It would be fair to say that, as a nation, we’re obsessed with property. Everybody in the UK wants to get onto the property ladder; we’re constantly watching property renovation programmes; and Rightmove remains one of the most popular websites in the world.
Over the past two decades, Britain’s “love of property” has mainly been reflected in the growth of the buy-to-let investment market. Since the late 1990s, the number of privately-rented homes has more than doubled from just over 2.0 million to more than 5.3 million; and there were a record 142,000 investment purchases between April 2015 and March 2016.
Although purchasing numbers have fallen since George Osborne’s stamp duty changes, the rental market itself remains in very good shape. According to the Council of Mortgage Lenders:
- Rents across the UK rose by 1.1% between January and November 2016;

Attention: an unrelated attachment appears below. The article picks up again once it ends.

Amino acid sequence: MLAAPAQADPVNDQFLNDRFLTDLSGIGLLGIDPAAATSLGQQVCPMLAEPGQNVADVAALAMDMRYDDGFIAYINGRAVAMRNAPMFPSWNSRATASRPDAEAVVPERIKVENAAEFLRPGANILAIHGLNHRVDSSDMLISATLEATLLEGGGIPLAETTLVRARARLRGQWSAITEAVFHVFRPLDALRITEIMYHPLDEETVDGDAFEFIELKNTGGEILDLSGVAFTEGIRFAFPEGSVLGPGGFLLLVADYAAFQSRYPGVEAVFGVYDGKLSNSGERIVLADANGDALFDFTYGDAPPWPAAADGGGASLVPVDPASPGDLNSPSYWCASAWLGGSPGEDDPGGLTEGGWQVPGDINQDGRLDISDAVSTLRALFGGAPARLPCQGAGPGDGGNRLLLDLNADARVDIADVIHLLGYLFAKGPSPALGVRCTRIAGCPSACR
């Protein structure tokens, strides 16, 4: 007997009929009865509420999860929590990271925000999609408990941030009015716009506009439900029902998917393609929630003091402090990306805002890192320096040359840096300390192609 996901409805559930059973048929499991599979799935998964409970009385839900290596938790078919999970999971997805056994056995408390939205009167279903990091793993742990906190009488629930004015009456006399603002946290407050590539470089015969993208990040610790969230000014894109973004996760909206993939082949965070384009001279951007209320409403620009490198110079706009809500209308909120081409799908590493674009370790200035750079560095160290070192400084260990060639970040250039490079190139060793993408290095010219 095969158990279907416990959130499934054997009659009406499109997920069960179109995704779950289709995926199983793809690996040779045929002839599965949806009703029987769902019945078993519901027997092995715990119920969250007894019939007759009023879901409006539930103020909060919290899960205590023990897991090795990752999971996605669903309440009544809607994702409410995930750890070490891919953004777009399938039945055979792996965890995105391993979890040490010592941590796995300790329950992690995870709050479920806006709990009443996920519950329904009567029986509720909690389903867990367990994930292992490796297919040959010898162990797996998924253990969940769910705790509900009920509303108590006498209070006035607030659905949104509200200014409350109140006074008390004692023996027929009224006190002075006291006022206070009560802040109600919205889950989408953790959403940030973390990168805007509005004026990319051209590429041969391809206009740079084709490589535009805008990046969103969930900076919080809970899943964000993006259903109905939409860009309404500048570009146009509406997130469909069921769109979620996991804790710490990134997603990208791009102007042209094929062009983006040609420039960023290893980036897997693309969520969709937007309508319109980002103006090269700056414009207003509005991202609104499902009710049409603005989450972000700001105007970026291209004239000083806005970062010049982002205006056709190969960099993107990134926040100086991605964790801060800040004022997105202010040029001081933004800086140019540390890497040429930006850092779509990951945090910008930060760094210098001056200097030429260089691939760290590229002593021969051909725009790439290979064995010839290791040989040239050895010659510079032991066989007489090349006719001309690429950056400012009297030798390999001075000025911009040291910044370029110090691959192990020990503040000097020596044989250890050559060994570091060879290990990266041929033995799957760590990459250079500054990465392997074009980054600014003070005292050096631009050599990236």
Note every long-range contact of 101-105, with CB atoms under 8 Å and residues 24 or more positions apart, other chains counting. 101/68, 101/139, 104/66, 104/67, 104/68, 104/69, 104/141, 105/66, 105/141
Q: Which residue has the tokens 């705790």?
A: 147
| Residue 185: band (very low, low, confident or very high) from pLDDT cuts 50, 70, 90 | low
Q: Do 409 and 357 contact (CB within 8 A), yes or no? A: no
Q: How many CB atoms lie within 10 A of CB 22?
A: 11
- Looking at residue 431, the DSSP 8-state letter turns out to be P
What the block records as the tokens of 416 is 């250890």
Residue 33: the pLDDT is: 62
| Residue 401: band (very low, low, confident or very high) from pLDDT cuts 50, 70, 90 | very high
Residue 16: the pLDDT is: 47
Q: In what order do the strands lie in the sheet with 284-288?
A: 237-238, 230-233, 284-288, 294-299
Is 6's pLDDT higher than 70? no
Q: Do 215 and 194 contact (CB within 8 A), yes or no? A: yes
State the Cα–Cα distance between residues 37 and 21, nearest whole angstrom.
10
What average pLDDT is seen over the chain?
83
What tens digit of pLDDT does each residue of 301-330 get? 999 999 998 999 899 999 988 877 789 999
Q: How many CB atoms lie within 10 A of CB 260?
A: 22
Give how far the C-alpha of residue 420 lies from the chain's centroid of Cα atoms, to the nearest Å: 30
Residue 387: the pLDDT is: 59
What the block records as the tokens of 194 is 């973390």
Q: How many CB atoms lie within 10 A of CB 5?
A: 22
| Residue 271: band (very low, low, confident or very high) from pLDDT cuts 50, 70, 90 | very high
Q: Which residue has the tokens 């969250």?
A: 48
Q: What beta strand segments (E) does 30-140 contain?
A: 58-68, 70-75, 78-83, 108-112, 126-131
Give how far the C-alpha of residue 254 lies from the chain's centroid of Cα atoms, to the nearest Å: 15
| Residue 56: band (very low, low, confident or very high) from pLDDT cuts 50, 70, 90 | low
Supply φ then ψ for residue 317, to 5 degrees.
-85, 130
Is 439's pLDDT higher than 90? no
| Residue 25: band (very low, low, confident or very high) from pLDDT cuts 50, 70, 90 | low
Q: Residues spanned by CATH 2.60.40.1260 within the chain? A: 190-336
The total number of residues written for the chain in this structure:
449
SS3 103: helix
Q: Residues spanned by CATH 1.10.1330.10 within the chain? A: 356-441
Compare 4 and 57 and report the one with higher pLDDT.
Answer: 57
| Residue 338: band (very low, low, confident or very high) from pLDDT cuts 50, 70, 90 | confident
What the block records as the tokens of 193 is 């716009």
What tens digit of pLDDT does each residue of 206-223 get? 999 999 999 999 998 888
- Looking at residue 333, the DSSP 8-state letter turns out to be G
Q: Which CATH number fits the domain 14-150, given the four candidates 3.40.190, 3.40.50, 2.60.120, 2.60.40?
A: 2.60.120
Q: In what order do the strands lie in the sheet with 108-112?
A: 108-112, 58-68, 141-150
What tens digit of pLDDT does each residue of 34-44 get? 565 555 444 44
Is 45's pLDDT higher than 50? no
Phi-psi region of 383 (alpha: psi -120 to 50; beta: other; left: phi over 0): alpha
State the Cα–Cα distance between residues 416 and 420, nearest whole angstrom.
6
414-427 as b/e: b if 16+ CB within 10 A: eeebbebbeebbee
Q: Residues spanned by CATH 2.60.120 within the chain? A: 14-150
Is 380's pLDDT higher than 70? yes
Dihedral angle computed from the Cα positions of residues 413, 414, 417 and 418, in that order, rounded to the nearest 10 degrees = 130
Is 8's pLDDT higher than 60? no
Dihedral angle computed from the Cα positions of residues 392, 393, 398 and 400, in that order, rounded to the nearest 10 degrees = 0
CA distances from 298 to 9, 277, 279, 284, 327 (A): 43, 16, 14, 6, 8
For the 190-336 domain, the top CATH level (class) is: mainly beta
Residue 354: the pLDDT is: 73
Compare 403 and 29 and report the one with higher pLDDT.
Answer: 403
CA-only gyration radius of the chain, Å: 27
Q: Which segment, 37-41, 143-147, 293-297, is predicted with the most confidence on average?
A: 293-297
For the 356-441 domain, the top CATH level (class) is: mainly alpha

- Average monthly rents reached £1,188 including London; and
- Average monthly rents reached £749 excluding London.
For these reasons, property remains a popular, steady and reliable form of investment, with good and consistent returns.
However, being a landlord isn’t without its pitfalls and it’s important that you know what you’re doing. So over the next few weeks, we’ll be writing about issues specifically facing landlords, and hope that our fresh perspective will help them to increase overall revenues. We’ll be covering:
- What section 24 means and how it can be effectively managed;
- How to find and vet long-term tenants;
- How to successfully increase rental income without losing tenants; and
- What to do if you can’t find tenants.
We hope that the series will be useful – feel free to get in touch if, at any point, you need expert advice. Speak soon!